Australia’s Competition and Consumer Commission (ACCC) has instigated proceedings against Facebook owner Meta for allowing the spread of scam ads on its platforms and — it alleges — not taking sufficient steps to tackle the issue.
The watchdog said today that it’s seeking “declarations, injunctions, penalties, costs and other orders” against the social media giant, accusing it of engaging in “false, misleading or deceptive conduct” by publishing scam advertisements featuring prominent Australian public figures — activity the ACCC asserts breaches local consumer laws.
Specifically, it alleges Meta’s conduct is in breach of the Australian Consumer Law (ACL) or the Australian Securities and Investments Commission Act (ASIC Act).
The regulator’s accusation extends to alleging that Meta “aided and abetted or was knowingly concerned in false or misleading conduct and representations by the advertisers” (i.e. who used its platform to net victims for their scams).
Meta refutes the accusations, saying it already uses technology to try to detect and block scams.
In a statement on the ACCC’s action attributed to a company spokesperson, the tech giant said:
We don’t want ads seeking to scam people out of money or mislead people on Facebook — they violate our policies and are not good for our community. We use technology to detect and block scam ads and work to get ahead of scammers’ attempts to evade our detection systems. We’ve cooperated with the ACCC’s investigation into this matter to date. We will review the recent filing by the ACCC and intend to defend the proceedings. We are unable to further comment on the detail of the case as it is before the Federal Court.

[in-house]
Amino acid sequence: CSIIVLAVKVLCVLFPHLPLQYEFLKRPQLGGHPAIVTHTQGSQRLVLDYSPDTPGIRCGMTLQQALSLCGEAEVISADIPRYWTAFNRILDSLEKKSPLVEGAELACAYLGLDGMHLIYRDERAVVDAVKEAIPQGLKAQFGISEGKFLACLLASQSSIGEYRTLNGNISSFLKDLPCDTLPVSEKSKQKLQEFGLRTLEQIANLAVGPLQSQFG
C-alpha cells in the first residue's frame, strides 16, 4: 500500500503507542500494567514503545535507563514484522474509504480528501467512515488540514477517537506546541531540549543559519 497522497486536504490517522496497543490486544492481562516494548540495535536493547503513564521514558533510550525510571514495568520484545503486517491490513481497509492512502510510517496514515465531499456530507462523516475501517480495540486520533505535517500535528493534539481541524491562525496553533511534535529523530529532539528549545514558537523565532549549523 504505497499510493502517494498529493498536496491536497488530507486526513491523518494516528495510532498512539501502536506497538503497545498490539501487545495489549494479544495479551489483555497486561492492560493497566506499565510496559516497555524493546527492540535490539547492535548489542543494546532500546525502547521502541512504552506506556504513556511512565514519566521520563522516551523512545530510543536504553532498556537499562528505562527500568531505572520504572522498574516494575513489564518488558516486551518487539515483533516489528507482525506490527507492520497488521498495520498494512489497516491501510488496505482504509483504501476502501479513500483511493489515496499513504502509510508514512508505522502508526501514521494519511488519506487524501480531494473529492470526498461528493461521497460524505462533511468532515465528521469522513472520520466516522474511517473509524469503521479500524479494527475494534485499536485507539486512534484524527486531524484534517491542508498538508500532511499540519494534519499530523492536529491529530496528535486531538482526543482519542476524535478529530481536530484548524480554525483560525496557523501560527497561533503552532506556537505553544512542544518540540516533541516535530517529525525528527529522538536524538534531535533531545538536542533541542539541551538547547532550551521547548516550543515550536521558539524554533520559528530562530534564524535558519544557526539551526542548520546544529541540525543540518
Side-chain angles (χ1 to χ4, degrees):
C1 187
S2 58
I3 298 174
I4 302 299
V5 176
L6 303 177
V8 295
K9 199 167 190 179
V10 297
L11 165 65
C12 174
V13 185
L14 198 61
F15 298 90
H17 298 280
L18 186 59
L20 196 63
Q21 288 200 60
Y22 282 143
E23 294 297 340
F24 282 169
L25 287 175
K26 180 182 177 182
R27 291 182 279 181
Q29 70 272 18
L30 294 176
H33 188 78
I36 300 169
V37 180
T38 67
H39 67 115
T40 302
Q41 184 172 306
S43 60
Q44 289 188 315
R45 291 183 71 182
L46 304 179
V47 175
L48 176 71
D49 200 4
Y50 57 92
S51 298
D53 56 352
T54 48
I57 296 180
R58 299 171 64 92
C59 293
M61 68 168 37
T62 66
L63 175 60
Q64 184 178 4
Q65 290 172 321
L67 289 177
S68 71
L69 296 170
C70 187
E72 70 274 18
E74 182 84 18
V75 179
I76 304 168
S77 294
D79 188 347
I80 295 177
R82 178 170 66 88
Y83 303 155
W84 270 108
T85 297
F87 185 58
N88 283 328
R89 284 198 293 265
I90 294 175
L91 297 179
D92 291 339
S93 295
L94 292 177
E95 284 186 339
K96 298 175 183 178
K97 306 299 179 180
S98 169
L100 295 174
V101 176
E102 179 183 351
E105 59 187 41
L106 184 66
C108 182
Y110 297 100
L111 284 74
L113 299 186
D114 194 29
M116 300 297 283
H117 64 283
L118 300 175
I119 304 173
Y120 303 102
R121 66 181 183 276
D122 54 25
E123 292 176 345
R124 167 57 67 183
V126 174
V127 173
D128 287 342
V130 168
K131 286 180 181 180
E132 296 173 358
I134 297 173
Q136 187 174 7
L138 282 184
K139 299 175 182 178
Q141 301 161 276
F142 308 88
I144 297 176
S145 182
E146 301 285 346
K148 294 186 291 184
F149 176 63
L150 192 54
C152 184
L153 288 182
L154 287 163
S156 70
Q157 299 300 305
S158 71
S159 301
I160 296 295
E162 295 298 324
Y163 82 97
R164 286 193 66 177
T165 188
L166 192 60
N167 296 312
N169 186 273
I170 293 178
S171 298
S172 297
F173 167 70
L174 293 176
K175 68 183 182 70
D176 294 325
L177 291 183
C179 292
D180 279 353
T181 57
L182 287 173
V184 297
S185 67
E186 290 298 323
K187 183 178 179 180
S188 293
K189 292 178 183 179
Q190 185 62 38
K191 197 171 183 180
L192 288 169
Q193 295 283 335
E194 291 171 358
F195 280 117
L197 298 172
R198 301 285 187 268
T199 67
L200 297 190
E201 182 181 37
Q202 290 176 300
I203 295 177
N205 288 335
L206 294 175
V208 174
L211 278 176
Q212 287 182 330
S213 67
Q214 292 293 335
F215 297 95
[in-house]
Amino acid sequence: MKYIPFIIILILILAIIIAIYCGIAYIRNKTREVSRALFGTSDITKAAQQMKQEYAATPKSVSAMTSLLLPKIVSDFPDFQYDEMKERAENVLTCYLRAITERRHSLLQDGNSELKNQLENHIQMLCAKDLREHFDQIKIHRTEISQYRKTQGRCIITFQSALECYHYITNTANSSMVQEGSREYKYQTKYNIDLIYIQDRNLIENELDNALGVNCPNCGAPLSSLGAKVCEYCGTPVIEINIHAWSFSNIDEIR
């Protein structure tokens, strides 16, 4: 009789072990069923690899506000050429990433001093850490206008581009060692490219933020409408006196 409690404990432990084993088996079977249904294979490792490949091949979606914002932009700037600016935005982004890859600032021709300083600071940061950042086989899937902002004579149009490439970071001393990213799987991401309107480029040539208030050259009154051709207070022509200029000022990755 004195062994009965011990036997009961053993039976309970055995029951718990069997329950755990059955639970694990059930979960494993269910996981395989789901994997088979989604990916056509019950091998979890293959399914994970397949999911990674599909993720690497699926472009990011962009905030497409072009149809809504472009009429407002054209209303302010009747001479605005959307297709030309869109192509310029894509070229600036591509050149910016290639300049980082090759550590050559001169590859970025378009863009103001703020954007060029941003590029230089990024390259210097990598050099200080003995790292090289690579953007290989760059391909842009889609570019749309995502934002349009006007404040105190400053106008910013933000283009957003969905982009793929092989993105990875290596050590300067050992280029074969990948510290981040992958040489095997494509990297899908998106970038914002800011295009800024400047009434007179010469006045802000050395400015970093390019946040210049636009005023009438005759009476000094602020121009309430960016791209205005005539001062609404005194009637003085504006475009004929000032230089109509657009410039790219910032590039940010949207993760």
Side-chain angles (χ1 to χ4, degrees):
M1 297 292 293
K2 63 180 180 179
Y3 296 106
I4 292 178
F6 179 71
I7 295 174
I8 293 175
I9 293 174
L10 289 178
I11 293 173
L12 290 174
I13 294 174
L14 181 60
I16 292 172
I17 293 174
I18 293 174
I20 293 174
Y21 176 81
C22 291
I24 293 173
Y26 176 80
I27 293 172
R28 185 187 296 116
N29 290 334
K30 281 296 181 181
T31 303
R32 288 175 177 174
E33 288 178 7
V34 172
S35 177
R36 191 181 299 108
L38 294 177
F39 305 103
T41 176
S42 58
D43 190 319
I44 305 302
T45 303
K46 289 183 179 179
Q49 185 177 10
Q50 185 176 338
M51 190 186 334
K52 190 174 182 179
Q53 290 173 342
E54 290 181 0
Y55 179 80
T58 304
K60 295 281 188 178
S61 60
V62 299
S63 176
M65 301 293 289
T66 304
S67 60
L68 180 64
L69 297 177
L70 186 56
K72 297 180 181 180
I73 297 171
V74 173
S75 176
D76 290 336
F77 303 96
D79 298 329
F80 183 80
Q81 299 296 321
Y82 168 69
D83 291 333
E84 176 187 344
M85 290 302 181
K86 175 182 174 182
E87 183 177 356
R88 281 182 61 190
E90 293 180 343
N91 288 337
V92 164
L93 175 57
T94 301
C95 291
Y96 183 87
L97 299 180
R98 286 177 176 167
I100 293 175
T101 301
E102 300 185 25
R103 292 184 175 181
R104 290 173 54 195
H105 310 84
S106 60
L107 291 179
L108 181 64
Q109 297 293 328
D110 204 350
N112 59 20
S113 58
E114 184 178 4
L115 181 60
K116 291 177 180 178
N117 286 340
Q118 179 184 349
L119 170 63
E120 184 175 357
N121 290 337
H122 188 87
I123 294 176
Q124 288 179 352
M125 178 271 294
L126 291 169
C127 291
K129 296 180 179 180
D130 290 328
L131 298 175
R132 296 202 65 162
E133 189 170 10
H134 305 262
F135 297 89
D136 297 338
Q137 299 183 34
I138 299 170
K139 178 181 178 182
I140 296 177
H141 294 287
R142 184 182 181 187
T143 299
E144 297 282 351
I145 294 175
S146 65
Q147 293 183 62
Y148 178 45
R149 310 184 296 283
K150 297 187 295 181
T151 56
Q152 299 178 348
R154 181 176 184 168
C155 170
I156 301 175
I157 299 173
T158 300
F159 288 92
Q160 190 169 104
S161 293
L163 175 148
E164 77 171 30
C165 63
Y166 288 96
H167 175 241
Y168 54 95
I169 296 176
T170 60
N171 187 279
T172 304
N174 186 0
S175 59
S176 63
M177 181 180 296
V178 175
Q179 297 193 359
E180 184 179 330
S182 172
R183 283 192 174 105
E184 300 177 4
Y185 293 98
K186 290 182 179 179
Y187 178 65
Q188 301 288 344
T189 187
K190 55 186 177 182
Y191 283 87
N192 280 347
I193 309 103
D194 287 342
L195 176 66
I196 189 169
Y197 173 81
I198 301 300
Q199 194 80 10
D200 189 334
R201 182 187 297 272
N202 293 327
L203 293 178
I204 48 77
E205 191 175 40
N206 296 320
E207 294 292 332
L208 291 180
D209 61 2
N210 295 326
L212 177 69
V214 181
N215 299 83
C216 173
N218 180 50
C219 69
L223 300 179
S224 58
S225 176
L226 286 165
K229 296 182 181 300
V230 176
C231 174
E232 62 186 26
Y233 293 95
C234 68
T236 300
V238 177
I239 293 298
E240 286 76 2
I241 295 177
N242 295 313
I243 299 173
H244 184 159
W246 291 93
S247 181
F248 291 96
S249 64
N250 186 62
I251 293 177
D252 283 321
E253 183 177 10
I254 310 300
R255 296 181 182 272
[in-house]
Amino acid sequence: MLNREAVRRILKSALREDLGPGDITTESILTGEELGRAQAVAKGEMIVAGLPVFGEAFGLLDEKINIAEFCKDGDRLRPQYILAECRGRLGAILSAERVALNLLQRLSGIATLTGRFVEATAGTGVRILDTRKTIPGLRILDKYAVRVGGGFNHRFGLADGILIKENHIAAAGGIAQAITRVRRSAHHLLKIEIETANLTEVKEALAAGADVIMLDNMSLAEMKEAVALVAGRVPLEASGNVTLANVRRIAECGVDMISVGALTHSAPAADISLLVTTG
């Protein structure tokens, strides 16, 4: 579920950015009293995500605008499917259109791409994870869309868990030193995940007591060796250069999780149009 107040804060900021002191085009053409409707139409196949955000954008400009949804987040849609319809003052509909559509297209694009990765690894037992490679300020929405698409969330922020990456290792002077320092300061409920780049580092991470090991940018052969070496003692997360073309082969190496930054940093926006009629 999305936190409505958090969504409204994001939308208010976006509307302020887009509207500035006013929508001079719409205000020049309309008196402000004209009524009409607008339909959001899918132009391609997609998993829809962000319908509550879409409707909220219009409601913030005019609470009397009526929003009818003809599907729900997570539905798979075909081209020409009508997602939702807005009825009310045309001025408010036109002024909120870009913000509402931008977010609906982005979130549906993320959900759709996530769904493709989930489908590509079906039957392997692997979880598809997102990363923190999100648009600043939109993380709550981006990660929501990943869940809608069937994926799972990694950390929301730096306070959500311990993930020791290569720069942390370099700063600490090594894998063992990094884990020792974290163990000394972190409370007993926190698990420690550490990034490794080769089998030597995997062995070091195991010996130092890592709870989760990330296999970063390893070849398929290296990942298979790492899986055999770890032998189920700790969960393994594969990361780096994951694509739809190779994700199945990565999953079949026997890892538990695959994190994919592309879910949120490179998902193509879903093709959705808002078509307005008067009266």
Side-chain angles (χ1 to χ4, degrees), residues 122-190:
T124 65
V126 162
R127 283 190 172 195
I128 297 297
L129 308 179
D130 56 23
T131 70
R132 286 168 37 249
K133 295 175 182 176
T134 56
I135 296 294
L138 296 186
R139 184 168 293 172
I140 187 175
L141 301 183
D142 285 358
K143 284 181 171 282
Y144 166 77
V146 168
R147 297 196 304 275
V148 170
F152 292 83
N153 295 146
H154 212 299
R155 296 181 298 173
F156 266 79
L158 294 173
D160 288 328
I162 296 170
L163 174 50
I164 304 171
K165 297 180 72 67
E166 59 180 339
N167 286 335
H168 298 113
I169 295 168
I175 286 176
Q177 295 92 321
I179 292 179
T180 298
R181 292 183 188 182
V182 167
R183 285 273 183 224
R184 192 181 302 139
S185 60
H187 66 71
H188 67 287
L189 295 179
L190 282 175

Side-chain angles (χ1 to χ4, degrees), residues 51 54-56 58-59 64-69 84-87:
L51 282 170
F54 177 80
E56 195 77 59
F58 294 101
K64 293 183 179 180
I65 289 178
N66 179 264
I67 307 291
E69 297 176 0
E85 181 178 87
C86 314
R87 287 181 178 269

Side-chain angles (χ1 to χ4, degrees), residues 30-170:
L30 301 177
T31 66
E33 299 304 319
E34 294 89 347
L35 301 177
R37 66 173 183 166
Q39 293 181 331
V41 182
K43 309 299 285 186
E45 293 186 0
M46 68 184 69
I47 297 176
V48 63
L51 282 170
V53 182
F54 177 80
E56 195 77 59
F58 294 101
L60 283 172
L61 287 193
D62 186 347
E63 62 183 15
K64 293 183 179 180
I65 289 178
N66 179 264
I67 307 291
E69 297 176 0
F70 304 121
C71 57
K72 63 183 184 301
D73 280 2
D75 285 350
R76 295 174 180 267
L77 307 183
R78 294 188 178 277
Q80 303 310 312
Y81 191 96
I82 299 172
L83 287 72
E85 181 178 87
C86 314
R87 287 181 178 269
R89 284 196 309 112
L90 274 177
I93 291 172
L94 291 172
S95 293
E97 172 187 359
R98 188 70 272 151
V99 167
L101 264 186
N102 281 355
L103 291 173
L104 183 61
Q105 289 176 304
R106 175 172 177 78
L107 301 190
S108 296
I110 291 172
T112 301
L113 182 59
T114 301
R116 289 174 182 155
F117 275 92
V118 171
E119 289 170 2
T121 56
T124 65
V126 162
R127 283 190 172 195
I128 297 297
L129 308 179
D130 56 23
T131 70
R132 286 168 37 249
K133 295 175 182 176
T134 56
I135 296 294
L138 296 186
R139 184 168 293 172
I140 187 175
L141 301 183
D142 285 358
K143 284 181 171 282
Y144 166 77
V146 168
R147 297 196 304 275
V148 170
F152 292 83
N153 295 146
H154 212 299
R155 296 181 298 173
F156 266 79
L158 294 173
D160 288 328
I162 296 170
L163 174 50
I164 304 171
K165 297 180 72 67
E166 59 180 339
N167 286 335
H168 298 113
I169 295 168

The ACCC says the scam ads it’s taking action over promoted cryptocurrency investment or money-making schemes via Meta’s platforms, and featured people likely to be well known to Australians — such as businessman Dick Smith, TV presenter David Koch and former NSW Premier Mike Baird — who could be seen in the ads apparently endorsing the schemes, yet, in actuality, these public figures had never approved or endorsed the messaging.
“The ads contained links which took Facebook users to a fake media article that included quotes attributed to the public figure featured in the ad endorsing a cryptocurrency or money-making scheme. Users were then invited to sign up and were subsequently contacted by scammers who used high pressure tactics, such as repeated phone calls, to convince users to deposit funds into the fake scheme,” it explains.
The ACCC also notes that celebrity endorsement cryptocurrency scam ads continued being displayed on Facebook in Australia after public figures elsewhere around the world had complained that their names and images had been used in similar ads without their consent.
A similar complaint was pressed against Facebook in the U.K. back in 2018 — when local consumer advice personality Martin Lewis sued the platform for defamation over a flood of scams ads bearing his image and name without his permission which he said were being used to trick and defraud U.K. consumers.
Lewis ended that litigation against Facebook in 2019 after it agreed to make some changes to its platform locally — including adding a button to report scam ads. (A Facebook misleading and scam ads reporting form was subsequently also made available by the company in Australia, the Netherlands and New Zealand.)